#1
After about more than a year of playing, I've decided that I probably have hit that dreaded speed block. I've been static speed for a couple of months now, and I have no idea how to break past the speed barrier. The most I can do is cheat my way through with rapid tremolo-ing, but that tends to sound mundane after a couple of seconds, at most. I've tried speed picking, but I can't grasp the way I'm supposed to move my right hand. All in all, quite depressing.

At my current speed, I can play a solo slightly faster than the Enter Sandman solo, and probably slightly slower than, shall we say, Of Wolf and Man. I'm using two Metallica songs as an example because it's the first thing I thought of, so yeah.

If possible, please help me out. Perhaps some tips/hints/whatever on how I can increase my playing speed. I practiced alternating picking a couple of weeks ago, but the only result was that I can tremolo pick pretty fast.


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#2
just practice mate... just try to increase really slowly.. cos your body's not designed to move that fast, so it would naturally be hard...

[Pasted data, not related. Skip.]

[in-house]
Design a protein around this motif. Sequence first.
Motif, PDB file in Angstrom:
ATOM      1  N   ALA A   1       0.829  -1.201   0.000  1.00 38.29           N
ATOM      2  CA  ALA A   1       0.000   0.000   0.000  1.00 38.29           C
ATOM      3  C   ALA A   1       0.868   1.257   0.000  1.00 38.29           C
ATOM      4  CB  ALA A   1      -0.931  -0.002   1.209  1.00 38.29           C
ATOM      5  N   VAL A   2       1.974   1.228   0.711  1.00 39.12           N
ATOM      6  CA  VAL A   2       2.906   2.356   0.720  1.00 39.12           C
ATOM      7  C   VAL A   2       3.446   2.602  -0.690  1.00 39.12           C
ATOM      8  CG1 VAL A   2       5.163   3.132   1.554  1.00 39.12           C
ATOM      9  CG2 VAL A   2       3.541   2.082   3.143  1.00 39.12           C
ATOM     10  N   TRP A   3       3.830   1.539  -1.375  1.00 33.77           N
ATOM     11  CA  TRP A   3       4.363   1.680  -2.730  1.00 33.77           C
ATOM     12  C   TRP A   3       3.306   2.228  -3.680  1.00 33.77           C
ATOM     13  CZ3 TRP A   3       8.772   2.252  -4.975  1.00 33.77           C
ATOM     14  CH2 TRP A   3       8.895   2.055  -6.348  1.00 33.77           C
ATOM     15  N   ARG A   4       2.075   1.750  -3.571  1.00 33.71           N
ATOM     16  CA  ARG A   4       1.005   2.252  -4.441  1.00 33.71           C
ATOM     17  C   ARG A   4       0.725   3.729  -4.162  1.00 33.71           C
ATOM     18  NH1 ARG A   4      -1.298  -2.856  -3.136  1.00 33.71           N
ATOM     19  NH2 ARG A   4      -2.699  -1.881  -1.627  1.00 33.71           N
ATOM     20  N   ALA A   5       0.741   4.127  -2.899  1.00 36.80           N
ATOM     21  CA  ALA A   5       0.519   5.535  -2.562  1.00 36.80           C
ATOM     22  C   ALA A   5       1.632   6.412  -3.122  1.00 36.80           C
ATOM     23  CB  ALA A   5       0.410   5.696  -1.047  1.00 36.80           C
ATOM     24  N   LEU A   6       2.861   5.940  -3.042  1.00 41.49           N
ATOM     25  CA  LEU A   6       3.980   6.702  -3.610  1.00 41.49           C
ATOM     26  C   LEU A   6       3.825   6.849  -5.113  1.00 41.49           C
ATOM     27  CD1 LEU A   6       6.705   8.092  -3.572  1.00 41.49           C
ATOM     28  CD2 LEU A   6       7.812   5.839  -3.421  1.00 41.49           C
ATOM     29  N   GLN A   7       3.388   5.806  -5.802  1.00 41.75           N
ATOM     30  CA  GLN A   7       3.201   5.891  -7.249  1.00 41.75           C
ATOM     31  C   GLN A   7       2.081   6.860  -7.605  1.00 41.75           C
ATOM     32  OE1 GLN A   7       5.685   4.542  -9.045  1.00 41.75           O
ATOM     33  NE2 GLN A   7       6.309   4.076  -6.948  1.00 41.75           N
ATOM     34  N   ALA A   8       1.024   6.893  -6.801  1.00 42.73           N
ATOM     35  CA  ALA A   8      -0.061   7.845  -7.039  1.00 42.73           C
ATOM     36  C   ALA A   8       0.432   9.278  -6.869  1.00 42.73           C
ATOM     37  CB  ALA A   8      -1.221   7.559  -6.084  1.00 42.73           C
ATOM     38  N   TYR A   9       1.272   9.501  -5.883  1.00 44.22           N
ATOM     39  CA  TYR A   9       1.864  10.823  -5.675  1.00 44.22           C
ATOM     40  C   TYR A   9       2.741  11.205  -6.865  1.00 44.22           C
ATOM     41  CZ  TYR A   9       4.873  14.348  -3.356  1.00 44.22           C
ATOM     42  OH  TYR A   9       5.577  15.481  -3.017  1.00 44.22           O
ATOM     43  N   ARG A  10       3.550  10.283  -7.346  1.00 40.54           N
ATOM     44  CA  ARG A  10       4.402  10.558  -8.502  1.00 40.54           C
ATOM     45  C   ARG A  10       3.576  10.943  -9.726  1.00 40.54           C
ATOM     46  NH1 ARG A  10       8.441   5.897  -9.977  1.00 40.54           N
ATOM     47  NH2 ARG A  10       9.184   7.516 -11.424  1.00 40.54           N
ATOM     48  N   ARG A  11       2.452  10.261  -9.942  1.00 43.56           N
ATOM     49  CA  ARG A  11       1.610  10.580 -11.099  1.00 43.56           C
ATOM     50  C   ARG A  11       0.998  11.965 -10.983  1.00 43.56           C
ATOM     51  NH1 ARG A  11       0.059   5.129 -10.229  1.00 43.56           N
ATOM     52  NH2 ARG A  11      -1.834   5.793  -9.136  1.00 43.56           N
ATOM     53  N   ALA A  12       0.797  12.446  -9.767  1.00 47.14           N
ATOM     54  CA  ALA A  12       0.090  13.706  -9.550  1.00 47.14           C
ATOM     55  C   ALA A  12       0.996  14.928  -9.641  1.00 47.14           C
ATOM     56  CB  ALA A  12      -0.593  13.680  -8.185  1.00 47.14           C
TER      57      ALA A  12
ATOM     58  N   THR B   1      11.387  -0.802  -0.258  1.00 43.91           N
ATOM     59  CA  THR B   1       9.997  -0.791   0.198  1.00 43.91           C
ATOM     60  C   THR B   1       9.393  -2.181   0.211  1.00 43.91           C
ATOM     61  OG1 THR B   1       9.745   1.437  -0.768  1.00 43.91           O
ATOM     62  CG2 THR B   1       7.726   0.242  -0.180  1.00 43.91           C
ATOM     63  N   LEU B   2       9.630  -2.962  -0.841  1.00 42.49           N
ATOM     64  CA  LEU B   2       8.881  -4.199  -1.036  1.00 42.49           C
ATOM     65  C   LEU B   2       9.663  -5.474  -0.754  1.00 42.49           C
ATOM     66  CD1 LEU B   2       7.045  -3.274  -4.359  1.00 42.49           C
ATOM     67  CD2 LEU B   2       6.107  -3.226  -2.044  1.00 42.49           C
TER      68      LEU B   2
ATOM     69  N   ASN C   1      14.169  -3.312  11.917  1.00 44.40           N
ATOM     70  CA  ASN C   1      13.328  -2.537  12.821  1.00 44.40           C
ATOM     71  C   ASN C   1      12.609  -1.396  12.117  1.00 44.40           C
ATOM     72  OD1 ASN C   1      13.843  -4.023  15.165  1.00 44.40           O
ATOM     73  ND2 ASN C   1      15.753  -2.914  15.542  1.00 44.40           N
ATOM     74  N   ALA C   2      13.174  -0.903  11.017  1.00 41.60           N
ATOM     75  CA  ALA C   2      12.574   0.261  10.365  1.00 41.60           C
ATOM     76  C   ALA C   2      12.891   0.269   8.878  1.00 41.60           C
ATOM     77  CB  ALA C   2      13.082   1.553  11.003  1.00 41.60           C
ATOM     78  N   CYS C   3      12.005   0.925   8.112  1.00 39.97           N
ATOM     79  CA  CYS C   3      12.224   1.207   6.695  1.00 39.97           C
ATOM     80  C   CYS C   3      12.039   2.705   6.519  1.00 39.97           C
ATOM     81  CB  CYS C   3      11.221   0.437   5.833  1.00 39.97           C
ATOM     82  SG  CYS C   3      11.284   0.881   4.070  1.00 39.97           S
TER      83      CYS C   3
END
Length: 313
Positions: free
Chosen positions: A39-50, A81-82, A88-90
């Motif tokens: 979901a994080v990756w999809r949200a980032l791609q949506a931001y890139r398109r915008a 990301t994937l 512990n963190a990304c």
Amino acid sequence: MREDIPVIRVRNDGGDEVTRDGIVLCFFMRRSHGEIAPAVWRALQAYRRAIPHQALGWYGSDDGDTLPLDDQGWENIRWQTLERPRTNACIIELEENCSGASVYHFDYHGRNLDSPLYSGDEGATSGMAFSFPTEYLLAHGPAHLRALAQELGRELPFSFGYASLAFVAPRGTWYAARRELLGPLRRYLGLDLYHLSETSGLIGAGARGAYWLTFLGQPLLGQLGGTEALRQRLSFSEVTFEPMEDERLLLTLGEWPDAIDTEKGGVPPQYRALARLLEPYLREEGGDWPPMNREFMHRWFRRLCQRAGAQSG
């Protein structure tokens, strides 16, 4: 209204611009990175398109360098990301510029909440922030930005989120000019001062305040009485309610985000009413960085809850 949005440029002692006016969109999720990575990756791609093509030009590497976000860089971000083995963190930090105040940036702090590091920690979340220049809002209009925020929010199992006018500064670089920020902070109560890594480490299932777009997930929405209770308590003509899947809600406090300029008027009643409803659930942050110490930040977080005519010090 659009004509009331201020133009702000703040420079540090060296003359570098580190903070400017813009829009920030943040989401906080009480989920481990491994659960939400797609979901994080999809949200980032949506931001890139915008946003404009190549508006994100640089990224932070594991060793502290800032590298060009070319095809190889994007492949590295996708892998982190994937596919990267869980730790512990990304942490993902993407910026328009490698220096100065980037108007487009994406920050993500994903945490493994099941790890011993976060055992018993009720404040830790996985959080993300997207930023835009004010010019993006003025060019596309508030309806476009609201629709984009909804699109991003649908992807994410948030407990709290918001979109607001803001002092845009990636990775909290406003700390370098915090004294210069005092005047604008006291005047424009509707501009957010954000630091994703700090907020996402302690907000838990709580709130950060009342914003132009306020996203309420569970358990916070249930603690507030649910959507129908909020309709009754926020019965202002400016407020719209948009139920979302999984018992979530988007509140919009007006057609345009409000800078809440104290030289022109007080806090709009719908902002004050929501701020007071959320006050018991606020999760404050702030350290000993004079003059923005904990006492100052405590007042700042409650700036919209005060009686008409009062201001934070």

You'll get past it sooner or later tho, just keep at it =]
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#3
Lol, 'body's not designed to move that fast'

Nice one, man. Thanks for the, ah, advice.
Last edited by linkinwayne at Sep 14, 2007,
#4
Use a metronome. Play as SLOW as you need to not make a single mistake for 5 full minutes. Then raise the metronome speed by 4 bpm and start again. Do not practice more than 3 cycles per day of this method. After 5 or 6 sessions, try playing at double the speed your last session was, and start the whole process again from your new max clean speed. Stay relaxed and minimize movement. Speed is not about playing more notes, it's about minimizing space and time between them...
#5
Quote by shredchris
Use a metronome. Play as SLOW as you need to not make a single mistake for 5 full minutes. Then raise the metronome speed by 4 bpm and start again. Do not practice more than 3 cycles per day of this method. After 5 or 6 sessions, try playing at double the speed your last session was, and start the whole process again from your new max clean speed. Stay relaxed and minimize movement. Speed is not about playing more notes, it's about minimizing space and time between them...



Um, just a question to clarify.

How exactly should I play with the metronome to achieve the best results? Ie. how many notes in between each click etc. And should I play familiar material or new licks or just repetitive stuff like two notes.
#6